Every company wants to grow and be successful. In order to do that in a customer-centric way, you should tie your company’s desired outcomes to your clients’ desired outcomes.
Customer success playbooks enable you to align those two sets of goals.
What is a Customer Success Playbook?
“[Customer success] playbooks are a series of actions that are meant to be executed by customer-facing team members to achieve a desired outcome for your customer as well as your business,” says Luke Owen, Principal Customer Success Specialist at SaaSWorks.
For example, if your company is working to decrease churn, you could create a playbook that helps near-churning customers gain more value from your product. By helping your customers achieve a desired outcome, you’d also be working toward reaching your own goal.
The components of a customer success playbook include:
- A defined business outcome
- A list of customers who your playbook will target
- The desired outcome of each targeted customer
- Prioritization criteria that guides how a CSM will work through that customer list
- A communication plan including assets such as email templates, phone scripts, meeting decks, communication sequences and supporting content collateral
- Playbook report or goal tracker
When a customer success team starts running a new playbook, the first step is training all the CSMs on its goal and assets. Then each CSM will receive a specific group of customers to run the playbook on, and it’s up to them to prioritize based on their knowledge of the accounts and the overarching goal.
In terms of actually running playbooks, there are many ways companies can organize how the set of actions are presented and documented. You can use something as simple as a spreadsheet or use a sequencing tool like Outreach.io or a project management tool like Taskray.
“You can kind of think of a playbook as an internal project that you’re tracking,” Luke says. “What it looks like as a CSM varies depending on what their organization decided to use.”
The Benefits of Customer Success Playbooks
“I always like to use the comparison between success and sales because there are a lot of similarities. The thing about sales is that it’s been around for many, many years, so people have figured out how to track and keep people accountable,” Luke says. “Success is weird because there are a lot of moving parts. There are lots of variables that go on in terms of how somebody becomes a successful client over time.”
Sales accountability is wrapped up in a rep’s quota. There are leading indicators like touches with leads, meetings booked and pipeline, but the ultimate signal of whether or not a sales rep is doing their job is if they’ve hit their quota.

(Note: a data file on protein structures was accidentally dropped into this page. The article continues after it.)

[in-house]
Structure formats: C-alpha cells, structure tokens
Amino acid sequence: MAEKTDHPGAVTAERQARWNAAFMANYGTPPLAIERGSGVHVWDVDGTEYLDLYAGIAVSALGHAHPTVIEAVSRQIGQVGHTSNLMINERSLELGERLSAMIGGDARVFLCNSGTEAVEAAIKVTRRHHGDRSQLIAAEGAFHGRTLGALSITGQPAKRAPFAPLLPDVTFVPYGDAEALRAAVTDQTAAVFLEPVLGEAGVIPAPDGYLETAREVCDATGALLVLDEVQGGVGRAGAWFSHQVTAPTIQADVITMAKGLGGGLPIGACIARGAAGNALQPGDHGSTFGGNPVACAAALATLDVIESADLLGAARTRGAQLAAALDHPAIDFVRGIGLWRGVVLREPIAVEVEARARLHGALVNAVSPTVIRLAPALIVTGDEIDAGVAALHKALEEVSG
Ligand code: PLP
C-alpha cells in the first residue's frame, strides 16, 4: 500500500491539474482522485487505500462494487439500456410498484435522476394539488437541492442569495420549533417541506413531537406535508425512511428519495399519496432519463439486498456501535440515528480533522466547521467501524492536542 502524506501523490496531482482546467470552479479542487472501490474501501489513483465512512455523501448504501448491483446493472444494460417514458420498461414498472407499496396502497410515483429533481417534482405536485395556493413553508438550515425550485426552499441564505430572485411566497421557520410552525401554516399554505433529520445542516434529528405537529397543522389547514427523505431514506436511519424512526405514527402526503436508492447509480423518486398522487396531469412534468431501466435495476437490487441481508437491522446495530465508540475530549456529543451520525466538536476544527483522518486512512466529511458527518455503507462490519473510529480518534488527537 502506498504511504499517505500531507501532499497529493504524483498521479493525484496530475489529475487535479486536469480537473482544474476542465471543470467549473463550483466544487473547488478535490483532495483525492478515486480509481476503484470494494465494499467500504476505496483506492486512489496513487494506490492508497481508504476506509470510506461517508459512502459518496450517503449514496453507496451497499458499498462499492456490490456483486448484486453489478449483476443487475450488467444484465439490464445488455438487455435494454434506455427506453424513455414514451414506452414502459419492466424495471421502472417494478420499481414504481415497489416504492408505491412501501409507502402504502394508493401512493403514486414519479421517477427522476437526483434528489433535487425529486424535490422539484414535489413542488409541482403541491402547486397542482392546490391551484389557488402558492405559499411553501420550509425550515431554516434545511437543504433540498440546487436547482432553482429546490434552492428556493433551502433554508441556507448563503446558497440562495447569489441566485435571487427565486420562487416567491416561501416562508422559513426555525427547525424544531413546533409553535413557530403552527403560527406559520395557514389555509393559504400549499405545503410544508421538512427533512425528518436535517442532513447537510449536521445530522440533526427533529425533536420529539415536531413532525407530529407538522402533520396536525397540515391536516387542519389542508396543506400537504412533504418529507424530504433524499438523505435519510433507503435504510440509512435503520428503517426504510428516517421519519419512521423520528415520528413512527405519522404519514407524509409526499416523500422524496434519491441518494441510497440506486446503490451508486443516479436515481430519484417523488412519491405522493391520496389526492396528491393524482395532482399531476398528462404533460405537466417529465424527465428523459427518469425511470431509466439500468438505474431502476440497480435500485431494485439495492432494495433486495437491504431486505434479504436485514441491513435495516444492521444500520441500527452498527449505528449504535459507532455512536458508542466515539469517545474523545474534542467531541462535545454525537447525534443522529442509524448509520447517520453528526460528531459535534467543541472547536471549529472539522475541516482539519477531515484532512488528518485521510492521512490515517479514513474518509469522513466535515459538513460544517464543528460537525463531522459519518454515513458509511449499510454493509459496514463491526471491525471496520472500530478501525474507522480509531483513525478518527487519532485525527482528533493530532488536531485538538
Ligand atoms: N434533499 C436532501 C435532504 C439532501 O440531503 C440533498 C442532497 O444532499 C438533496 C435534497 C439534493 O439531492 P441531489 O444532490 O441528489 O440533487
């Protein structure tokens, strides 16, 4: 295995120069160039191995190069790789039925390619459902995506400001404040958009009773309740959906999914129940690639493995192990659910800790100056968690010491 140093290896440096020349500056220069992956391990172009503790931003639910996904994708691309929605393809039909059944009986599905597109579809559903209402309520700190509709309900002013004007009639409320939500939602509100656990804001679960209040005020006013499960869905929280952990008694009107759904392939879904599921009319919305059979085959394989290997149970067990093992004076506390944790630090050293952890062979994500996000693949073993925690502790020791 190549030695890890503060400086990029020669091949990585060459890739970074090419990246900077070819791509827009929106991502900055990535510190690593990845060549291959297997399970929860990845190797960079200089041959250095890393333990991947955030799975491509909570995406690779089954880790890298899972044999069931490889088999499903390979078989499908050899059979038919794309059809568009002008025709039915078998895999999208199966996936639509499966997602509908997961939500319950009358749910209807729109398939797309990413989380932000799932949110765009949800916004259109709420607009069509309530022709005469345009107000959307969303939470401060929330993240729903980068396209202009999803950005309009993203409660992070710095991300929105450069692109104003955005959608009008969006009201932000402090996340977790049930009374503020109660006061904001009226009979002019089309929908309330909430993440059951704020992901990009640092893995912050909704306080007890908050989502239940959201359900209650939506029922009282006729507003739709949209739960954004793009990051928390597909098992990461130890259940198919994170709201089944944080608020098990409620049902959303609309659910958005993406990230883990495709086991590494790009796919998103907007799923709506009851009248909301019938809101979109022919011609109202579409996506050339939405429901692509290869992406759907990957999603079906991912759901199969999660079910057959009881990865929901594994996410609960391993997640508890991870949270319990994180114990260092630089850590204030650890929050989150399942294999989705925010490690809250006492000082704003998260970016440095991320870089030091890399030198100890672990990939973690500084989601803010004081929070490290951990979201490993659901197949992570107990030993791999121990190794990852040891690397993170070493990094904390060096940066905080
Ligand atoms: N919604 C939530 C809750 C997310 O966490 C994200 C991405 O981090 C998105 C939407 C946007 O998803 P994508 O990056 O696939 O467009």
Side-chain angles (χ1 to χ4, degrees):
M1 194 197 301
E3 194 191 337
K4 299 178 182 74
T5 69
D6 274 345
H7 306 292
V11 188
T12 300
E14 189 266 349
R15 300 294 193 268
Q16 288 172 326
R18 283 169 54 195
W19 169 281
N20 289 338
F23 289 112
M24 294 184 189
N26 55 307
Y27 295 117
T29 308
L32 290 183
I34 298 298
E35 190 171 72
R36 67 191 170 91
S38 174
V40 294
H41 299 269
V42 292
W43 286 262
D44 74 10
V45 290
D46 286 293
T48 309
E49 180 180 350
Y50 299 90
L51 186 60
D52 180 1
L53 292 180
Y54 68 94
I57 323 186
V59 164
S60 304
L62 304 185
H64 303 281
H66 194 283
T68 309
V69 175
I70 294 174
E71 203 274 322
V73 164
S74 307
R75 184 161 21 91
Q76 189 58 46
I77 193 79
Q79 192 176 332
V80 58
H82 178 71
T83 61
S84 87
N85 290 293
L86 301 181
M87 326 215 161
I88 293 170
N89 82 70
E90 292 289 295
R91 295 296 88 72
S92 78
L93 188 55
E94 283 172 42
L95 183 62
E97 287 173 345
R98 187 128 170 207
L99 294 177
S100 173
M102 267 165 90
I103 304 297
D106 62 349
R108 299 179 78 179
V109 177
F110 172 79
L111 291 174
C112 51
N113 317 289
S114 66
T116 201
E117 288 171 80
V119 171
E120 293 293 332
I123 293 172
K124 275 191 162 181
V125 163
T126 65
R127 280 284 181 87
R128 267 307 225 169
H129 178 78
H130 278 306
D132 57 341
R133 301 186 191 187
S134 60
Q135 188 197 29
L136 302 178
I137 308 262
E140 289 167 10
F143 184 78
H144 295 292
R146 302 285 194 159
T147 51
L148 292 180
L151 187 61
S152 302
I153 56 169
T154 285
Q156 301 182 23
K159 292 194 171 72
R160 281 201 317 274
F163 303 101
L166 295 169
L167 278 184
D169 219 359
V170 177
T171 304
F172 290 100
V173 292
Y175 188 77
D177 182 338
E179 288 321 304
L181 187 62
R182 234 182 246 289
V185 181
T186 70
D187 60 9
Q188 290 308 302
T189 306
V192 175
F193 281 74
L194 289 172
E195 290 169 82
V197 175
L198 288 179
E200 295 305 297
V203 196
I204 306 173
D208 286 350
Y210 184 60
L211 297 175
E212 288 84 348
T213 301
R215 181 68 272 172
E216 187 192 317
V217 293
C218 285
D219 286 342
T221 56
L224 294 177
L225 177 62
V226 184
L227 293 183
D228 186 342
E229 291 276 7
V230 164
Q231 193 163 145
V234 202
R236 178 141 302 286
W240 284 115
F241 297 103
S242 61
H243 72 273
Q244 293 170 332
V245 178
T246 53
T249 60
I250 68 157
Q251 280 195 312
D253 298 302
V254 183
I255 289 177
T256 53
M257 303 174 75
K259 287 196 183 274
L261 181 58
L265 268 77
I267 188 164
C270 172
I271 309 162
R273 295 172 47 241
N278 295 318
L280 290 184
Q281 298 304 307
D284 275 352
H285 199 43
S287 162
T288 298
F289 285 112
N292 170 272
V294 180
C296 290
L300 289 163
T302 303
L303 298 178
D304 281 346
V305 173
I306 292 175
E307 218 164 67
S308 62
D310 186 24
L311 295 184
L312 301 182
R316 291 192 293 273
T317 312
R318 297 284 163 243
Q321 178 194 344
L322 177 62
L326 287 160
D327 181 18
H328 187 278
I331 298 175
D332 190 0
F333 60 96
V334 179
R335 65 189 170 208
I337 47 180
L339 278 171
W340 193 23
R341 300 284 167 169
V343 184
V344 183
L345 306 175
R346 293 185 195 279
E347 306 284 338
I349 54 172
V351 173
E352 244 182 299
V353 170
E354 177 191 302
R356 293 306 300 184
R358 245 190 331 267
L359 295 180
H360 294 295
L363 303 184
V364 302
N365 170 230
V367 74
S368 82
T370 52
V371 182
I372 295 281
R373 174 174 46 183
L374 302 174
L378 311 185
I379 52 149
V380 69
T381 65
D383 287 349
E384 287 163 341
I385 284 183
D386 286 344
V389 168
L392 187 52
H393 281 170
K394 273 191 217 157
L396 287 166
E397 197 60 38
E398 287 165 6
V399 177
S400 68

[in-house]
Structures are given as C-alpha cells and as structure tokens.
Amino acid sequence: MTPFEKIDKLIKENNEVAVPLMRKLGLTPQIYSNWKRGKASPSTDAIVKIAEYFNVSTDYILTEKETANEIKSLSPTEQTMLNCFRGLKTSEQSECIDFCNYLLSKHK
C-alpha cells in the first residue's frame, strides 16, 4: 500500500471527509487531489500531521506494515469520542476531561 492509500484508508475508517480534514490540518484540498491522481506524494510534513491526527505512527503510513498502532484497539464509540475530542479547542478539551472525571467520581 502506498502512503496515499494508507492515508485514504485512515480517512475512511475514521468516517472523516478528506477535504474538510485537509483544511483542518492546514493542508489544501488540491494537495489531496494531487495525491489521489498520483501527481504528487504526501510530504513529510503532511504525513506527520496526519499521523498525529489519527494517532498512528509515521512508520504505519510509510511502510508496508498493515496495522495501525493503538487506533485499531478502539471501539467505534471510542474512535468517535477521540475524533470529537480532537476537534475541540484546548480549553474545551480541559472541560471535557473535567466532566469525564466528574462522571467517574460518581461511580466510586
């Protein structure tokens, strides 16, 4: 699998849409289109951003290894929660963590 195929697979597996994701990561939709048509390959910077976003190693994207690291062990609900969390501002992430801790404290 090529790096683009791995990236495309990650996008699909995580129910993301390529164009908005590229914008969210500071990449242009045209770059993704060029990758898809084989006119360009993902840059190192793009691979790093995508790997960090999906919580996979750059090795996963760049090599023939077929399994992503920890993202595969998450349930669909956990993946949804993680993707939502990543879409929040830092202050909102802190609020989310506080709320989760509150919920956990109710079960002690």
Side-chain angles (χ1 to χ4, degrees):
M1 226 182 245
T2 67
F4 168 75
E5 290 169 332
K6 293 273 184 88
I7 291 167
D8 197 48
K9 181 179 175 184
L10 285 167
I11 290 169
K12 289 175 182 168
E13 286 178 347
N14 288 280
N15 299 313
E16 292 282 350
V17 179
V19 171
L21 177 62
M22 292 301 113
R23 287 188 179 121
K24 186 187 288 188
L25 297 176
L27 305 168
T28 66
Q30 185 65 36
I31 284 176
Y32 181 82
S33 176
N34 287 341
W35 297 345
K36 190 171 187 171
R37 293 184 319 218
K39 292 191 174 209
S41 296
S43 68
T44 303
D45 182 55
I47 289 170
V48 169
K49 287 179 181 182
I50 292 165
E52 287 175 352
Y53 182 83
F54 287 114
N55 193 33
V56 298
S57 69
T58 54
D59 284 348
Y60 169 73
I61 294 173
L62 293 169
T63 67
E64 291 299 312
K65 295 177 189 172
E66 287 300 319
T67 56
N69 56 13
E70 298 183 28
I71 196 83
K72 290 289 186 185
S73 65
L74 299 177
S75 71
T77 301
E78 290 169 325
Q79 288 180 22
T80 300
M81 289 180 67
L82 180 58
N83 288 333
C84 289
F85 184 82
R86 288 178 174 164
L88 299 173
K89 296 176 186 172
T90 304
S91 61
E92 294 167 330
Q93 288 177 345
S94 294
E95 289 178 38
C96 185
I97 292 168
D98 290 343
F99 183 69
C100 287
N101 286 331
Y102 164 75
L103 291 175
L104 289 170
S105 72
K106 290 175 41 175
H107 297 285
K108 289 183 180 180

For post-sale customer teams, such as customer success, the most common metric that compares to a sales quota is churn (though Luke argues net revenue retention is more effective). Unfortunately, by not implementing the additional layers of accountability that most sales teams have figured out, their system of measurement will still not match the success of a sales team’s. A sales rep doesn’t just have a sales quota goal, they have forecasting goals, outreach goals, demo goals, follow-up goals, etc. Playbooks help introduce this critical layer of accountability to managing your established customer base.
“Playbooks give guidance and direction to your [CSMs]. They give them a goal,” Luke says.
Companies can’t afford to have a one-to-one ratio of CSMs to customers, and in many SaaS companies, a single CSM is overseeing over 100 accounts.
Leaving them entirely to their own devices without guidance about what they should be working toward or who they should be working with can lead to chaos and unproductivity — and that’s not good for your customers or your company.
Playbooks align your customer success team around what your company goals are and how they can help achieve them.
Reporting and visibility
In addition to helping you achieve your business goals by laying out the tactics you need to execute, playbooks also make your efforts measurable so you can understand if they’re effective.
While your playbooks should be informed by data and analysis, they still are often hypotheses. You think they’ll have the desired outcome but the only way to know for sure is to run them.
By analyzing the impact your playbooks have, you can gain an understanding of how effective different communications and tactics are which can lead to you improving your customer success function as a whole.